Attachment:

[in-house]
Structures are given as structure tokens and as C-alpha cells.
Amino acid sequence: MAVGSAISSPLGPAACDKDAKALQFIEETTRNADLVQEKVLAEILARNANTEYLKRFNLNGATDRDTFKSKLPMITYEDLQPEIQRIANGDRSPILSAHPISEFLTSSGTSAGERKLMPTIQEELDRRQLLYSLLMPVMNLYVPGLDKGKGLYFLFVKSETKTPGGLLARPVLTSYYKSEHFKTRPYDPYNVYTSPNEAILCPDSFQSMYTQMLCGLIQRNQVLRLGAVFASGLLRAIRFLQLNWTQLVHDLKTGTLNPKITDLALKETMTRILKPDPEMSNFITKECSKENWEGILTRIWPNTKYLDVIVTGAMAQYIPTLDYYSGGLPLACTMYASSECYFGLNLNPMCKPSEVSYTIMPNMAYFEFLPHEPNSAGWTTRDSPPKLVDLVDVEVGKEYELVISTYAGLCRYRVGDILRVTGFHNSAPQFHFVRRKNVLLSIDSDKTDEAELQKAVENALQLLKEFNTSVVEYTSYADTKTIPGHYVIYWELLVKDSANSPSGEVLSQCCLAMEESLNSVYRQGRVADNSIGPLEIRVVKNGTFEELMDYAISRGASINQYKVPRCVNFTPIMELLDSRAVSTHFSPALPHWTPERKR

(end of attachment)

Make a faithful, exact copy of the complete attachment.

[in-house]
Structures are given as structure tokens and as C-alpha cells.
Amino acid sequence: MAVGSAISSPLGPAACDKDAKALQFIEETTRNADLVQEKVLAEILARNANTEYLKRFNLNGATDRDTFKSKLPMITYEDLQPEIQRIANGDRSPILSAHPISEFLTSSGTSAGERKLMPTIQEELDRRQLLYSLLMPVMNLYVPGLDKGKGLYFLFVKSETKTPGGLLARPVLTSYYKSEHFKTRPYDPYNVYTSPNEAILCPDSFQSMYTQMLCGLIQRNQVLRLGAVFASGLLRAIRFLQLNWTQLVHDLKTGTLNPKITDLALKETMTRILKPDPEMSNFITKECSKENWEGILTRIWPNTKYLDVIVTGAMAQYIPTLDYYSGGLPLACTMYASSECYFGLNLNPMCKPSEVSYTIMPNMAYFEFLPHEPNSAGWTTRDSPPKLVDLVDVEVGKEYELVISTYAGLCRYRVGDILRVTGFHNSAPQFHFVRRKNVLLSIDSDKTDEAELQKAVENALQLLKEFNTSVVEYTSYADTKTIPGHYVIYWELLVKDSANSPSGEVLSQCCLAMEESLNSVYRQGRVADNSIGPLEIRVVKNGTFEELMDYAISRGASINQYKVPRCVNFTPIMELLDSRAVSTHFSPALPHWTPERKR